Note: Here is the truly epic gateway to the Highlands of Scotland. Tucked deeply into an ancient forest trail that is dotted with free-standing-boulders and gorgeous Celtic pines, is a rock alter known as The Knoll of The Sun. The relatively short trail that winds from the beautiful river into dark mossy glades and root-running pathways, leads to a small but distinct rocky porch in the midst of the forest. This alter is understood to have been used in ancient times by Druids as an observatory of the Sun, or for rituals, although I do not believe the Druids built the alter. The Knoll of The Sun is certainly an engineered area dating back to the beginning of Time, with small boulders lining the mystical forest as directional stones leading to the the Knoll, and potentially marking other significant points. There are incredibly old stone stairs that lead up the alter after a hike of a few miles. The stairs are supported by a siding of massive granite slabs built into the knoll, emphasizing the feature. The top of the knoll is a strange set of long smooth and level granite crevices, distinctly different from the rounded and knobby boulders below. All of these features have a marvelous similarity to sacred stone engineering sites in New England, Ireland, and Wales.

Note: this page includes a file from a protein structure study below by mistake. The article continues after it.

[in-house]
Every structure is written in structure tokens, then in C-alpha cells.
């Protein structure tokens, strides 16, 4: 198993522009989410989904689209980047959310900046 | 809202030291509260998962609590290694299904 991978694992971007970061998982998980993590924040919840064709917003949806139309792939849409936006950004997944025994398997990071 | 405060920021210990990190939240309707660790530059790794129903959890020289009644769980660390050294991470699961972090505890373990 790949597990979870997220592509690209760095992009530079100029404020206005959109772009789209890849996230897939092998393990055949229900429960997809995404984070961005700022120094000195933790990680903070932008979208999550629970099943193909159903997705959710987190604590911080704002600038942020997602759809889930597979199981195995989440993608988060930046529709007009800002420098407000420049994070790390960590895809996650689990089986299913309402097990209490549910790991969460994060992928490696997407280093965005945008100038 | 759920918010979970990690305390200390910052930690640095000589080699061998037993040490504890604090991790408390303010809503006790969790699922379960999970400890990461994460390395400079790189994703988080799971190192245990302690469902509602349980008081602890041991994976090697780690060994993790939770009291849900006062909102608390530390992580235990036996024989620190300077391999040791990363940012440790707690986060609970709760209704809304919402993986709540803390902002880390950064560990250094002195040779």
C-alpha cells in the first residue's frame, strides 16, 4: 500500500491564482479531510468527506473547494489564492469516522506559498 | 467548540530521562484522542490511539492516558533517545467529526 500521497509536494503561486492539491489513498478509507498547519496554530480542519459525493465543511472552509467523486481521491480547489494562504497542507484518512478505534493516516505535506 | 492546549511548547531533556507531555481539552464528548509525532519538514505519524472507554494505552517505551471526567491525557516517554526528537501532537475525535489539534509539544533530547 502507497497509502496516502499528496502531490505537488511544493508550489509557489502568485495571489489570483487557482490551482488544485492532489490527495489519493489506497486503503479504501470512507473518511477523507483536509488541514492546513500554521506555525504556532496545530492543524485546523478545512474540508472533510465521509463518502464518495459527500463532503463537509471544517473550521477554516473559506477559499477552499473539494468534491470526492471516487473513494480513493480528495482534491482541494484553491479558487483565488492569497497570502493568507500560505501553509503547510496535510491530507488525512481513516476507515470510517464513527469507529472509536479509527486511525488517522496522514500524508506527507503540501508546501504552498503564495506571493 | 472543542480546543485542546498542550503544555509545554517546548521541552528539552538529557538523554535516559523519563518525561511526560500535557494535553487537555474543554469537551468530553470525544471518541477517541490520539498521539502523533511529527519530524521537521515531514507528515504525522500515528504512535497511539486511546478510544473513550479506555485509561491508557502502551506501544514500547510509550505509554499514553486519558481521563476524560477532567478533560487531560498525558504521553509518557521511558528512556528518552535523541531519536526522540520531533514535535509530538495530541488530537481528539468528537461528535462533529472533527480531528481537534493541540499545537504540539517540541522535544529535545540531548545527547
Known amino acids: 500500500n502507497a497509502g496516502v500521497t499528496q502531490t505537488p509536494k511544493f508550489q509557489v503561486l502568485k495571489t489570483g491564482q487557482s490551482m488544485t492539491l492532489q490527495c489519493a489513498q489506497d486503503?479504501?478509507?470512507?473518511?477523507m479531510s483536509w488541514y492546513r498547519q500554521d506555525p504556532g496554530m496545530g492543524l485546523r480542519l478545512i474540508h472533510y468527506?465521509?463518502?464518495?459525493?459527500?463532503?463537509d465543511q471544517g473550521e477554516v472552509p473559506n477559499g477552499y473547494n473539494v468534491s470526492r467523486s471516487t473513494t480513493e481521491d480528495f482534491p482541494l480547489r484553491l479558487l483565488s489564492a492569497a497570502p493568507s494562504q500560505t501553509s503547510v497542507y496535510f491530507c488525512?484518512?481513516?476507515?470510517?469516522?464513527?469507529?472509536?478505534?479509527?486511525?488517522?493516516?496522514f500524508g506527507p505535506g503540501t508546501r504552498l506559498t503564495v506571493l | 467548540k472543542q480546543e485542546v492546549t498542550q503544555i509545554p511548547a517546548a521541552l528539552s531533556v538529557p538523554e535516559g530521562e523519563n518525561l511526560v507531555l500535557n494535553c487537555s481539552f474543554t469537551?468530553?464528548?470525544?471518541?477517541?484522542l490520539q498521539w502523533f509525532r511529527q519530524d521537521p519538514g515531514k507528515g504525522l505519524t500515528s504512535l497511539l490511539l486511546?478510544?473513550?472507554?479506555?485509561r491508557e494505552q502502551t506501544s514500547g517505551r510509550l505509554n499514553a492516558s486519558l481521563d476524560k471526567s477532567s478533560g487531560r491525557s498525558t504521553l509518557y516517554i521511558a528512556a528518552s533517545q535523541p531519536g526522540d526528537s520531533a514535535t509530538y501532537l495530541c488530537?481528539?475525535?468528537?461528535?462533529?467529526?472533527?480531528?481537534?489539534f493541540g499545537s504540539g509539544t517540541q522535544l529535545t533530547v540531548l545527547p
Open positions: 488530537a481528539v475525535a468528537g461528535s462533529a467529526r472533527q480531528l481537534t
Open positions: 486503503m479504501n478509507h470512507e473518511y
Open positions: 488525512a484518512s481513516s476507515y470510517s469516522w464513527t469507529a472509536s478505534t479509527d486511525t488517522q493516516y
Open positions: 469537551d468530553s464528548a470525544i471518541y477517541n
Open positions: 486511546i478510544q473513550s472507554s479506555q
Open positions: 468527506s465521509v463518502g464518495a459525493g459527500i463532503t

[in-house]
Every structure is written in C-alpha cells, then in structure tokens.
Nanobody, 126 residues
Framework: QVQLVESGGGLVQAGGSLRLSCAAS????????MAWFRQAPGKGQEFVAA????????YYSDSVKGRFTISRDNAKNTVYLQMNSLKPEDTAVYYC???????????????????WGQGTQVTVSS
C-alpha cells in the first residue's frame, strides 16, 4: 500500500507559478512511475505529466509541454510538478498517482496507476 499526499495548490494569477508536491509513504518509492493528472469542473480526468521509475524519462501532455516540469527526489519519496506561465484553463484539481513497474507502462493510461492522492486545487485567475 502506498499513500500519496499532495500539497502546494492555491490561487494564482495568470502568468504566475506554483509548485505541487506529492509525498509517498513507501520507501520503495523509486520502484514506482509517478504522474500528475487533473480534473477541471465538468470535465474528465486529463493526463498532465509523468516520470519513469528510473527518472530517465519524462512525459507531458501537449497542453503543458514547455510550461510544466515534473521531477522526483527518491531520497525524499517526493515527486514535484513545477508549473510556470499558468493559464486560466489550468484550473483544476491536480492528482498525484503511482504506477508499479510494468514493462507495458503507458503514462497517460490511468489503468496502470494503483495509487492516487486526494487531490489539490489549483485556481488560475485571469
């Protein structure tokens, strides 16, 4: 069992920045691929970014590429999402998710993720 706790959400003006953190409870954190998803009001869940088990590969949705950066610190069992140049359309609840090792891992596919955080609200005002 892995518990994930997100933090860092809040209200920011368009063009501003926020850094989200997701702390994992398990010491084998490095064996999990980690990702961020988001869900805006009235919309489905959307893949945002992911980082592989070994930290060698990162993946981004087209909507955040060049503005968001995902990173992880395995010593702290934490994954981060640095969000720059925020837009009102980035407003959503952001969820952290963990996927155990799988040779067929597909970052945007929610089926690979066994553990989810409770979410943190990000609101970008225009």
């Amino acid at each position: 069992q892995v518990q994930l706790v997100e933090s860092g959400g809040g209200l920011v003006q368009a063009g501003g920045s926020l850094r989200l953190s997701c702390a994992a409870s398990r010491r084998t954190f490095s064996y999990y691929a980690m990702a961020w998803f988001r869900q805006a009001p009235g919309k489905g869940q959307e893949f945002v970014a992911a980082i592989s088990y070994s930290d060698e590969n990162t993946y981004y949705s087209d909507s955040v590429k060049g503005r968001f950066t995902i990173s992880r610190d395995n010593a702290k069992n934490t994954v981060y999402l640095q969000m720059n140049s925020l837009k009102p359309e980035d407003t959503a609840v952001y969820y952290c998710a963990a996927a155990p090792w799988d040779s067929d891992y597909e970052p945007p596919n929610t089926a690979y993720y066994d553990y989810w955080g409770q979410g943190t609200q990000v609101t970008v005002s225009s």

The perimeter of alter marked by a distinct standing stones which is clearly cut, lends serious significance to the sacred spot. Time has tilted the stone and altered it’s original visage, but it remains the small slanted guardian to this Celtic alter.The Scottish elements in July are often a rainy, but even so, the area exudes all the best aspects of the hiking experience, combined with enticing ancient anthropology. The megalithic culture that was present in the southerly Celtic areas was definitely also present here as well. To navigate these particularly drastic mountain passes and trails the ancients would’ve been that much more stout and determined than the average megalithic culture. When the Sun comes out in Scotland, it is truly hard to picture wanting to be anywhere else, which is the very idea that this alter, in my opinion, must have been dedicated to. Glencoe is a hikers heaven, go for it.